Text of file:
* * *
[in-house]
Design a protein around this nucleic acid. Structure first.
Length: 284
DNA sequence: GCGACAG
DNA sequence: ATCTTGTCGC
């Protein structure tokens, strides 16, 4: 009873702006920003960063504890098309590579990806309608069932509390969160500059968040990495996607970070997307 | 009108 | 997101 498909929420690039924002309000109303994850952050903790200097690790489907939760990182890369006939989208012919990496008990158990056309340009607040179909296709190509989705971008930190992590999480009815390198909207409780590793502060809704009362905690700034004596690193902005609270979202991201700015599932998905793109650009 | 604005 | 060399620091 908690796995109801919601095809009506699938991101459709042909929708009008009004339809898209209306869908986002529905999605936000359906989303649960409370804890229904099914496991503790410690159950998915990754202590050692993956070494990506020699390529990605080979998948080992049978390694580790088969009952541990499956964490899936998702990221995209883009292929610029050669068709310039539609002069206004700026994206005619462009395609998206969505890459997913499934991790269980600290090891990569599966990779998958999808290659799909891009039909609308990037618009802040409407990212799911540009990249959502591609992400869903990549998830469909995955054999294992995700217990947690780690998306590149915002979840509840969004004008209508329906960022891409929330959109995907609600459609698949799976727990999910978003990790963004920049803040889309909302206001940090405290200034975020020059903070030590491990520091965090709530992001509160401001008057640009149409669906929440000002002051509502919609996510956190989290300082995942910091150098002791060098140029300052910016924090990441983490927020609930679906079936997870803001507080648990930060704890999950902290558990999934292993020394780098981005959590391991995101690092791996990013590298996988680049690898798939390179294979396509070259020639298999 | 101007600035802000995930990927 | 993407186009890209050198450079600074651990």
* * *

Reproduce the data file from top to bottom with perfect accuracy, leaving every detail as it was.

[in-house]
Design a protein around this nucleic acid. Structure first.
Length: 284
DNA sequence: GCGACAG
DNA sequence: ATCTTGTCGC
């Protein structure tokens, strides 16, 4: 009873702006920003960063504890098309590579990806309608069932509390969160500059968040990495996607970070997307 | 009108 | 997101 498909929420690039924002309000109303994850952050903790200097690790489907939760990182890369006939989208012919990496008990158990056309340009607040179909296709190509989705971008930190992590999480009815390198909207409780590793502060809704009362905690700034004596690193902005609270979202991201700015599932998905793109650009 | 604005 | 060399620091 908690796995109801919601095809009506699938991101459709042909929708009008009004339809898209209306869908986002529905999605936000359906989303649960409370804890229904099914496991503790410690159950998915990754202590050692993956070494990506020699390529990605080979998948080992049978390694580790088969009952541990499956964490899936998702990221995209883009292929610029050669068709310039539609002069206004700026994206005619462009395609998206969505890459997913499934991790269980600290090891990569599966990779998958999808290659799909891009039909609308990037618009802040409407990212799911540009990249959502591609992400869903990549998830469909995955054999294992995700217990947690780690998306590149915002979840509840969004004008209508329906960022891409929330959109995907609600459609698949799976727990999910978003990790963004920049803040889309909302206001940090405290200034975020020059903070030590491990520091965090709530992001509160401001008057640009149409669906929440000002002051509502919609996510956190989290300082995942910091150098002791060098140029300052910016924090990441983490927020609930679906079936997870803001507080648990930060704890999950902290558990999934292993020394780098981005959590391991995101690092791996990013590298996988680049690898798939390179294979396509070259020639298999 | 101007600035802000995930990927 | 993407186009890209050198450079600074651990």